if ((err = SSLHashSHA1.update(&hashCtx, &signedParams)) != 0)
        goto fail;
        goto fail;
    if ((err =, &hashOut)) != 0)
        goto fail;

    The formatter would change this to:

    if ((err = SSLHashSHA1.update(&hashCtx, &signedParams)) != 0)
        goto fail;
    goto fail; // <-- not clearly not under the "if".
    if ((err =, &hashOut)) != 0)
        goto fail;

I don't like the output!

First of all, that's not a question. But, yes, sometimes you may dislike the output of the formatter. This may be a bug or it may be a deliberate stylistic choice of the formatter that you disagree with. The simplest way to find out is to file an issue.

Now that the formatter is fairly mature, it's more likely that the output is deliberate. If your bug gets closed as "as designed", try not to be too sad. Even if the formatter doesn't follow your personal preferences, what it does do is spare you the effort of hand-formatting, and ensure your code is consistently formatted. I hope you'll appreciate the real value in both of those.

Why can't I tell the formatter to ignore a region of code?

Even a really sophisticated formatter can't beat a human in all cases. Our semantic knowledge of the code can let us show more than the formatter can. One escape hatch would be to have a comment telling the formatter "leave this alone".

This might help the fourth goal above, but does so at the expense of the first three. We want code that is consistent and we want you to stop thinking about formatting. If you can decide to turn off the formatter, now you have regions of code that are inconsistent by design.

Further, you're right back into debates about how the code in there should be formatted, with the extra bonus of now debating whether or not that annotation should be used and where. None of this is making your life better.

Yes, maybe you can hand-format some things better than the formatter. (Though, in most cases where users have asked for this, I've seen formatting errors in the examples they provided!) But does doing that really add enough value to make up for re-opening that can of worms?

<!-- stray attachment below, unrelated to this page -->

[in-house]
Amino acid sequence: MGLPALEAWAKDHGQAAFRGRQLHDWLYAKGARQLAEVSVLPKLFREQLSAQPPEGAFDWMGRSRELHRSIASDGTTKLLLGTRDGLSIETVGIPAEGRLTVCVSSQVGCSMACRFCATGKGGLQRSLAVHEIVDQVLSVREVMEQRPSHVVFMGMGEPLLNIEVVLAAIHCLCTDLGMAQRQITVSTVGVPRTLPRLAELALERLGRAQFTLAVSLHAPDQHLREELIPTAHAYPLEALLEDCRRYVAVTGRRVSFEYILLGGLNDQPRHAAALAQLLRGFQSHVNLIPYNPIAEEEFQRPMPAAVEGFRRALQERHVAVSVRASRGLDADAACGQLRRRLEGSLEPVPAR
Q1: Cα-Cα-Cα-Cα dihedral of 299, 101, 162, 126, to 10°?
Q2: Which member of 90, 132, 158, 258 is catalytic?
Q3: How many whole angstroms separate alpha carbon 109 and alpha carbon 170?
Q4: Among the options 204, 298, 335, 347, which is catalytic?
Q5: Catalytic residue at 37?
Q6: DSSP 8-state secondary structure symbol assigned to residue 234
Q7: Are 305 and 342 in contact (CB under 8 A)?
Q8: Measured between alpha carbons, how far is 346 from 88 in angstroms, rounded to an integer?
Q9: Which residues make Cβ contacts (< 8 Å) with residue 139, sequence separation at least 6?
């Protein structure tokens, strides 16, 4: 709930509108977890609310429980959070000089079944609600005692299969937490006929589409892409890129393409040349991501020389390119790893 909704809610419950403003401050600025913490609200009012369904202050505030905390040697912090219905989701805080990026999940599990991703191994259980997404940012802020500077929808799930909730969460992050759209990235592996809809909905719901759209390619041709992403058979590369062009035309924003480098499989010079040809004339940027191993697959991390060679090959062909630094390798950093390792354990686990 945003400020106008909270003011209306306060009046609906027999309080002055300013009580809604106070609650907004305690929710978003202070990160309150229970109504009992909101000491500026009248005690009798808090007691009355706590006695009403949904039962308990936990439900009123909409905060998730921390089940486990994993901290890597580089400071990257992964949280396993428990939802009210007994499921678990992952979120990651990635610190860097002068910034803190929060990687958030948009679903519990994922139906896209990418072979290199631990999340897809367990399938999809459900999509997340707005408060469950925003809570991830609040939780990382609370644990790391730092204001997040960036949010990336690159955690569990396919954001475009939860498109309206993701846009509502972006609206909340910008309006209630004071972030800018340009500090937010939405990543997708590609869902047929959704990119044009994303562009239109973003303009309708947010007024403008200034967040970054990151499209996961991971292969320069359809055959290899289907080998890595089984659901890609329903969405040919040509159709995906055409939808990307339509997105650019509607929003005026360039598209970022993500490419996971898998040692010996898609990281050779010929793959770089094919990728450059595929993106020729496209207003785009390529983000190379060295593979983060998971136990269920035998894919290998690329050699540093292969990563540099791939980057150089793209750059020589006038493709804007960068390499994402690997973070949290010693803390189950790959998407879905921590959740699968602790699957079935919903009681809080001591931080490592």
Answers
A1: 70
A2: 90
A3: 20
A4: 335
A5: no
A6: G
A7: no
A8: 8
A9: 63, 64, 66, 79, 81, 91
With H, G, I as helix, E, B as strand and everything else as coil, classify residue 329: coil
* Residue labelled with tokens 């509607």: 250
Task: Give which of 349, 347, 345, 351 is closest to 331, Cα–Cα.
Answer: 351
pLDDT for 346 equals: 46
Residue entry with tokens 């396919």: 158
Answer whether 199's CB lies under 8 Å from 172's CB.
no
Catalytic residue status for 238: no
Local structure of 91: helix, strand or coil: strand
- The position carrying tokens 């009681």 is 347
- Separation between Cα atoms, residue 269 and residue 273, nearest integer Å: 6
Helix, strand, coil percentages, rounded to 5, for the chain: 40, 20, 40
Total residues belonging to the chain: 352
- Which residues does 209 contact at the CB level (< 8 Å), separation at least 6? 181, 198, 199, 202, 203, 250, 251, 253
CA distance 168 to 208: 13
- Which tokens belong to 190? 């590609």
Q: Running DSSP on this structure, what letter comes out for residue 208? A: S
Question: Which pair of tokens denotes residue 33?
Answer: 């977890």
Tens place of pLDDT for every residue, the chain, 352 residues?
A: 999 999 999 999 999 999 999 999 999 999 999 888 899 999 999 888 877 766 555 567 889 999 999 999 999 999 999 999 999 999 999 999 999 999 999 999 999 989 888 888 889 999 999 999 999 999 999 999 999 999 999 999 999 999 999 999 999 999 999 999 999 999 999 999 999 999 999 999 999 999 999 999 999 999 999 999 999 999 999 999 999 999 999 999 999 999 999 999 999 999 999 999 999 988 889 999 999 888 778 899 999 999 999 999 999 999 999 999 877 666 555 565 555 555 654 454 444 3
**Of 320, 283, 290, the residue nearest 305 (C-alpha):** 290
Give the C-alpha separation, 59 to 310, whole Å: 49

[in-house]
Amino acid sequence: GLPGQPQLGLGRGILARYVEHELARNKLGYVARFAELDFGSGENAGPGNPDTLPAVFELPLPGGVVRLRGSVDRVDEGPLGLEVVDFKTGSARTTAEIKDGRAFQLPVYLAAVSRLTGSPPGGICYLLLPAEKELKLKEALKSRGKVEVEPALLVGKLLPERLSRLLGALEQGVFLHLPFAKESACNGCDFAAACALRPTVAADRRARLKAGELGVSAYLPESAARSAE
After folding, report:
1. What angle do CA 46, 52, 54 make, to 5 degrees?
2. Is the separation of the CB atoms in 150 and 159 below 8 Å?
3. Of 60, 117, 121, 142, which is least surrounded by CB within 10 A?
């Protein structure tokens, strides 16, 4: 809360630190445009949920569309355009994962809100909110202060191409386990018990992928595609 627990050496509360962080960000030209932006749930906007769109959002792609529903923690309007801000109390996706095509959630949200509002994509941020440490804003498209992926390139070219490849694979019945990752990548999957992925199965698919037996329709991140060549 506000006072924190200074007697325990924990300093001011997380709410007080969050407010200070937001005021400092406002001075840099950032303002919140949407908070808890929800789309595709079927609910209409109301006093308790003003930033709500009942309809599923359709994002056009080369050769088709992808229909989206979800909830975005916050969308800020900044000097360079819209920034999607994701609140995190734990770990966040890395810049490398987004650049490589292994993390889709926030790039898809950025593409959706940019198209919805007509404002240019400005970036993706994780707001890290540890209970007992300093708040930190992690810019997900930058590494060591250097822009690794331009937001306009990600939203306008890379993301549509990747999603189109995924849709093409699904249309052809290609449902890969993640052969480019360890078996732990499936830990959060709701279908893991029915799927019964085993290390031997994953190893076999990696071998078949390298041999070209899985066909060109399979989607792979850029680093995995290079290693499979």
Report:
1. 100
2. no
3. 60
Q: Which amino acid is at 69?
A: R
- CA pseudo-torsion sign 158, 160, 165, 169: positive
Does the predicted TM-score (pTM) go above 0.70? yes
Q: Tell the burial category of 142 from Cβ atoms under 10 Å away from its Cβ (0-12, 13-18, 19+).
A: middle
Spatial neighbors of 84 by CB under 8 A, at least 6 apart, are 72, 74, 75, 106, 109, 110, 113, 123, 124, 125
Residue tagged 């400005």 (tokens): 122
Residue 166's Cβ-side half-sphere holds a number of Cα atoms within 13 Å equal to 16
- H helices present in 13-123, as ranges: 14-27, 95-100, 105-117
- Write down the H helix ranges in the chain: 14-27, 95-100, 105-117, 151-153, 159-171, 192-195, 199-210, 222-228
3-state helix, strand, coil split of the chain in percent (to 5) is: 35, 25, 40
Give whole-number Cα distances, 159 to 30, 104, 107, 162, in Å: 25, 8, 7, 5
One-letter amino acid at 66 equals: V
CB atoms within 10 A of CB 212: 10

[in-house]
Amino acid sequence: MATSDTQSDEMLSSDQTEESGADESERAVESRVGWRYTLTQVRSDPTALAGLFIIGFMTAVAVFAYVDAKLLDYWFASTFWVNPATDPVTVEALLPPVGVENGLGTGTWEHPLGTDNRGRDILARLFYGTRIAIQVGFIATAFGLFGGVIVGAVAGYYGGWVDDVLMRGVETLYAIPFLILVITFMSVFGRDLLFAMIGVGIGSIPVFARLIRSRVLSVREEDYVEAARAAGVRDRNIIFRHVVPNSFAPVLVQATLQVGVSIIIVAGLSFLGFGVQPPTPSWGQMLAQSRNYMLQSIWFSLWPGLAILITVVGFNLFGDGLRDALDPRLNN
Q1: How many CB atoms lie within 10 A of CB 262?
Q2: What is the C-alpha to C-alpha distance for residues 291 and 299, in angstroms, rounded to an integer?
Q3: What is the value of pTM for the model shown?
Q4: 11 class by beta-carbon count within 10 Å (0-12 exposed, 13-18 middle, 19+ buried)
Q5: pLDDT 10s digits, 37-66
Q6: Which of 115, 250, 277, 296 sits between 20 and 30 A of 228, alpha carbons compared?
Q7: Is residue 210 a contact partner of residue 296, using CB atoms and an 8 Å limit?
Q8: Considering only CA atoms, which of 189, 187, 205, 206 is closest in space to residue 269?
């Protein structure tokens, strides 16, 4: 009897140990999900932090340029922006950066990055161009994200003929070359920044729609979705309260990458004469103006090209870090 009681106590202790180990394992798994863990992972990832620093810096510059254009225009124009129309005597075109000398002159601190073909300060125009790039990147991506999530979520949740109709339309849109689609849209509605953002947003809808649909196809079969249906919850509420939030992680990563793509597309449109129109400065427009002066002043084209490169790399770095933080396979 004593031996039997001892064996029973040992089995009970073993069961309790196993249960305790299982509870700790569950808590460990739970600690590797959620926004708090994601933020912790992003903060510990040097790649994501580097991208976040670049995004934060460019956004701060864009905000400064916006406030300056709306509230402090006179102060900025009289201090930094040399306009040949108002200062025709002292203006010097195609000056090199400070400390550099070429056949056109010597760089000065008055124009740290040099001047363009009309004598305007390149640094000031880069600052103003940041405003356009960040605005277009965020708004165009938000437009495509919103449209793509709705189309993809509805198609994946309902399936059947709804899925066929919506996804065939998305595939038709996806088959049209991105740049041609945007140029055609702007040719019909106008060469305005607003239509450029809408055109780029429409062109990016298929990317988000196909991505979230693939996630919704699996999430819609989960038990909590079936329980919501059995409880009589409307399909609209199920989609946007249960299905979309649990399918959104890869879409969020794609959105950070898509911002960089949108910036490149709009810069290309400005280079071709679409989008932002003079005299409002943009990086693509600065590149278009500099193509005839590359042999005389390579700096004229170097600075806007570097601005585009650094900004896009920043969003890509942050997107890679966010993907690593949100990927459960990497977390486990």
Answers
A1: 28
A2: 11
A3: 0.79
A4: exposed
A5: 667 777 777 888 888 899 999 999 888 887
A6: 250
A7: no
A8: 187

How stable is it?

You can rely on the formatter to not break your code or change its semantics. If it does do so, this is a critical bug and we'll fix it quickly.

The rules the formatter uses to determine the "best" way to split a line may change over time. We don't promise that code produced by the formatter today will be identical to the same code run through a later version of the formatter. We do hope that you'll like the output of the later version more.

Why doesn't the formatter handle multi-line if statements better?

If you have a statement like:

if (someVeryLongConditional || anotherLongConditional) function(argument, argument);

It will format it like:

if (someVeryLongConditional || anotherLongConditional) function(
    argument, argument);

You might expect it to break before function. But the Dart style guide explicitly forbids multi-line if statements that do not use {} bodies. Given that, there's never a reason for the formatter to allow splitting after the condition. This is true of other control flow statements too, of course.

Why doesn't the formatter add curlies or otherwise clean up code then?

The formatter has a simple, restricted charter: it rewrites only the non-semantic whitespace of your program. It makes absolutely no other changes to your code.

This helps keep the scope of the project limited. The set of "clean-ups" you may want to do is unbounded and much fuzzier to define.

It also makes it more reliable to run the formatter automatically in things like presubmit scripts where a human may not be vetting the output. If the formatter only touches whitespace, it's easier for a human to trust its output.